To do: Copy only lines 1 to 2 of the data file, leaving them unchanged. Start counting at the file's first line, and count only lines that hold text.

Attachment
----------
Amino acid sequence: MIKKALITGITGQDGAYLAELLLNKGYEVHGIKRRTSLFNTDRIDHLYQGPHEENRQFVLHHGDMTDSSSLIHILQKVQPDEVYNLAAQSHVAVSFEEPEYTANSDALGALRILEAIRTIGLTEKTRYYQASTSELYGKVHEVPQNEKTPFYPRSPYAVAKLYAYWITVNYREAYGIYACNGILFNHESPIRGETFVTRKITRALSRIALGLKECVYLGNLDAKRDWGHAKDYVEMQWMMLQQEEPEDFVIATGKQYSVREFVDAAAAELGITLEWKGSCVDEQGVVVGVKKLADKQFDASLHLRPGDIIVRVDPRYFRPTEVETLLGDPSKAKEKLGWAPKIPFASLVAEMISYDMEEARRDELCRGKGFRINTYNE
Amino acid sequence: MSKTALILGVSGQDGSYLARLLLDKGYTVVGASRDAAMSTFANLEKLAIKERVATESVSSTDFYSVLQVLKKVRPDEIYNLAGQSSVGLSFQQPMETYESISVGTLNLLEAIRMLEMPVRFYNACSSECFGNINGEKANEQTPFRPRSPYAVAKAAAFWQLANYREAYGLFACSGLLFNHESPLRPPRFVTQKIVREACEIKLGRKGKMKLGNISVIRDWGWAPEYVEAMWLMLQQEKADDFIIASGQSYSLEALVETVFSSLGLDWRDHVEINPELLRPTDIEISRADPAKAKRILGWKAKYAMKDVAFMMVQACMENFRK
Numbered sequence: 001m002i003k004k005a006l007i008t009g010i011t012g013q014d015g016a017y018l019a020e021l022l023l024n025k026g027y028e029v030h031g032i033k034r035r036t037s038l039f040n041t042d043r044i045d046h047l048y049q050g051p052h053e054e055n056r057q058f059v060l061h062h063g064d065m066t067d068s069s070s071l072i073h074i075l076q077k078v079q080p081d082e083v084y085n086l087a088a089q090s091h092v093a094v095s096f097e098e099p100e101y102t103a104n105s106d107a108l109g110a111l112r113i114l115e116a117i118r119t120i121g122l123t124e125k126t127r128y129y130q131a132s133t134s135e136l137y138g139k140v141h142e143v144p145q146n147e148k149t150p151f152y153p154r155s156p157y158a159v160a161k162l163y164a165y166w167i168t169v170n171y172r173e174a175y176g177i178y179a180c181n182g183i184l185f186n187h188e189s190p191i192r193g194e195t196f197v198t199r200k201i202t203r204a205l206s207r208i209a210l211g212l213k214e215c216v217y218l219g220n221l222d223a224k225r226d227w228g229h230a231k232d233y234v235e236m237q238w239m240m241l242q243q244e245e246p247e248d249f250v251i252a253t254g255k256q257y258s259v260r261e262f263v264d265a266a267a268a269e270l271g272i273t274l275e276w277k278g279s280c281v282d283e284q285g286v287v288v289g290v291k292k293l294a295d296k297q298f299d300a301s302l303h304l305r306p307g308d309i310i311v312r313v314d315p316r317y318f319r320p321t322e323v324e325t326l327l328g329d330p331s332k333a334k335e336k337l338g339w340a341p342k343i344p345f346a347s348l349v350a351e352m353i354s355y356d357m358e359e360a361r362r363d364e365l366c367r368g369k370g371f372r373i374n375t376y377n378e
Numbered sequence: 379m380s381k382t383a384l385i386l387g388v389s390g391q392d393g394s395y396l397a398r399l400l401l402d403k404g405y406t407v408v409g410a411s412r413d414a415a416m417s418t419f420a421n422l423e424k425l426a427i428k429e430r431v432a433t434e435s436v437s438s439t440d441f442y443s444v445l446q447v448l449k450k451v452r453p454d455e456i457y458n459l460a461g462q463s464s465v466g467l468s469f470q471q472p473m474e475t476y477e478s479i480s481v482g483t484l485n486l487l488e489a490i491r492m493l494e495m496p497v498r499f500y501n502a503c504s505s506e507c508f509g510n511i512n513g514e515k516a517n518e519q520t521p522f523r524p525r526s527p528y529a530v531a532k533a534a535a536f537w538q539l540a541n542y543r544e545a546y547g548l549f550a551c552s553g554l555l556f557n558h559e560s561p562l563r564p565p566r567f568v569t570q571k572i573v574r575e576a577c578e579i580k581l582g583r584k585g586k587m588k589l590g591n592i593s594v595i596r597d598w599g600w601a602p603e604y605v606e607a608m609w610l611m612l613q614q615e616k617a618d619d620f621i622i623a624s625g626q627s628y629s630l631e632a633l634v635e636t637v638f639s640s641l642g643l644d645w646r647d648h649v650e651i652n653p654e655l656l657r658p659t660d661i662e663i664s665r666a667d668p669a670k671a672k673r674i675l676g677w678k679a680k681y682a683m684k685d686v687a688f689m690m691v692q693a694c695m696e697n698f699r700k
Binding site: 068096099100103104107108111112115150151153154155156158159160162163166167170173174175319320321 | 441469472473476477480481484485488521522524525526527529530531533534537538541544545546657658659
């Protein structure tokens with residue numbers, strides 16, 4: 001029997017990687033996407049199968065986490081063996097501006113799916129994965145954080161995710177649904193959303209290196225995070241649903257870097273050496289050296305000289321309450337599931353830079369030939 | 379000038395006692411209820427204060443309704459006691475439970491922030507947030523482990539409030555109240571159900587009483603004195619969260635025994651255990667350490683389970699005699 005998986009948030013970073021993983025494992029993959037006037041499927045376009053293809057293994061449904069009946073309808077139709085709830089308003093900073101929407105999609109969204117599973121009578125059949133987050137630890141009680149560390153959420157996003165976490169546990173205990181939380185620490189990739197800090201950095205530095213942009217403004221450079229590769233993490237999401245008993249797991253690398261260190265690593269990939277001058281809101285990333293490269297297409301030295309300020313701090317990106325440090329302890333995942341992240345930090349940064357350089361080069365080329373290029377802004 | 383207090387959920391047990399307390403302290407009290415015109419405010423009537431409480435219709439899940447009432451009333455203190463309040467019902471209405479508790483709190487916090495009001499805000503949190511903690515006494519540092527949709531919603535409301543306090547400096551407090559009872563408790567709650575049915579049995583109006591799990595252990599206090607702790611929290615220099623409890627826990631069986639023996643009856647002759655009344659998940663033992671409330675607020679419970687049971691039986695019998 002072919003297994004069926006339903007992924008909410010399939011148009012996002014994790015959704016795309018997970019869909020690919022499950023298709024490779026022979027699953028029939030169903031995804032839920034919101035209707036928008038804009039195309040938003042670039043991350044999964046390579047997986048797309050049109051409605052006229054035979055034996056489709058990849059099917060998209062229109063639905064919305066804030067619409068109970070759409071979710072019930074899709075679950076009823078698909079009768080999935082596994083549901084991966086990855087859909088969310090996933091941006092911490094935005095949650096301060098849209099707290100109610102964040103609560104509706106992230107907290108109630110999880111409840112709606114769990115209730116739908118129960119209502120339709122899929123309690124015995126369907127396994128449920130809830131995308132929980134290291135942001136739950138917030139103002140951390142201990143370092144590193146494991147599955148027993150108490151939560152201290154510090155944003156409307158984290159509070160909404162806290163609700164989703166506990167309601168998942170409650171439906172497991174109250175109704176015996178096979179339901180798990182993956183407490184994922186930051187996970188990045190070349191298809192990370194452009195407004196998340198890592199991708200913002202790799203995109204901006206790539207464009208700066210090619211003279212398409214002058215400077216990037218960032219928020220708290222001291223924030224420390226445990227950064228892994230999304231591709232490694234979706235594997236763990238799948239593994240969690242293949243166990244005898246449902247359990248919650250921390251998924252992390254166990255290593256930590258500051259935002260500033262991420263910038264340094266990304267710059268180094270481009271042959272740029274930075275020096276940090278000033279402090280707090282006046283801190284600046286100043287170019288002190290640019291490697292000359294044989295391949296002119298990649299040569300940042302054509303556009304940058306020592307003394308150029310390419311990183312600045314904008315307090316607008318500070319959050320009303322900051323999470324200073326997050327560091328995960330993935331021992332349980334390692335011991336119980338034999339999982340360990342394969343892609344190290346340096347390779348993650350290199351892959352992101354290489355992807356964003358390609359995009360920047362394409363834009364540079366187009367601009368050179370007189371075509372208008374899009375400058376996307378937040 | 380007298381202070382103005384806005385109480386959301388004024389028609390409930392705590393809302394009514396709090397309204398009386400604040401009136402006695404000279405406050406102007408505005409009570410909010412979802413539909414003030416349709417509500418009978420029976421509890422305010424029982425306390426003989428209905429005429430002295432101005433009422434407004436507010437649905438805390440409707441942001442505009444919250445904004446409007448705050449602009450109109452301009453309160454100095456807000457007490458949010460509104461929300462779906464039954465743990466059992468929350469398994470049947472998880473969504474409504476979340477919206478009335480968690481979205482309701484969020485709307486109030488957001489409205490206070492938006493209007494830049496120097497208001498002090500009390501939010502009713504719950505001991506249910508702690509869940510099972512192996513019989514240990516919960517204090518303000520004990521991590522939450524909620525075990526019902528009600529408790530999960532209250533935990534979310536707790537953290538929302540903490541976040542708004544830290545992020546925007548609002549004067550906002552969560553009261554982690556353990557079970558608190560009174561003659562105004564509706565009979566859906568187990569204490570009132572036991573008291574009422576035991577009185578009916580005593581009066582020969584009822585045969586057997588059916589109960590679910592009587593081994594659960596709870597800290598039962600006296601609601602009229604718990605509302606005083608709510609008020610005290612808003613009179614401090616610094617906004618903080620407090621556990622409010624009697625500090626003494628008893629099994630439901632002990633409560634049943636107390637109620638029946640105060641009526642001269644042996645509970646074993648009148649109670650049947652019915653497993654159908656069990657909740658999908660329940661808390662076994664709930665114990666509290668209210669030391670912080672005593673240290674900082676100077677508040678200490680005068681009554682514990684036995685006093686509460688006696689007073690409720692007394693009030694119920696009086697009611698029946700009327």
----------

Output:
Amino acid sequence: MIKKALITGITGQDGAYLAELLLNKGYEVHGIKRRTSLFNTDRIDHLYQGPHEENRQFVLHHGDMTDSSSLIHILQKVQPDEVYNLAAQSHVAVSFEEPEYTANSDALGALRILEAIRTIGLTEKTRYYQASTSELYGKVHEVPQNEKTPFYPRSPYAVAKLYAYWITVNYREAYGIYACNGILFNHESPIRGETFVTRKITRALSRIALGLKECVYLGNLDAKRDWGHAKDYVEMQWMMLQQEEPEDFVIATGKQYSVREFVDAAAAELGITLEWKGSCVDEQGVVVGVKKLADKQFDASLHLRPGDIIVRVDPRYFRPTEVETLLGDPSKAKEKLGWAPKIPFASLVAEMISYDMEEARRDELCRGKGFRINTYNE
Amino acid sequence: MSKTALILGVSGQDGSYLARLLLDKGYTVVGASRDAAMSTFANLEKLAIKERVATESVSSTDFYSVLQVLKKVRPDEIYNLAGQSSVGLSFQQPMETYESISVGTLNLLEAIRMLEMPVRFYNACSSECFGNINGEKANEQTPFRPRSPYAVAKAAAFWQLANYREAYGLFACSGLLFNHESPLRPPRFVTQKIVREACEIKLGRKGKMKLGNISVIRDWGWAPEYVEAMWLMLQQEKADDFIIASGQSYSLEALVETVFSSLGLDWRDHVEINPELLRPTDIEISRADPAKAKRILGWKAKYAMKDVAFMMVQACMENFRK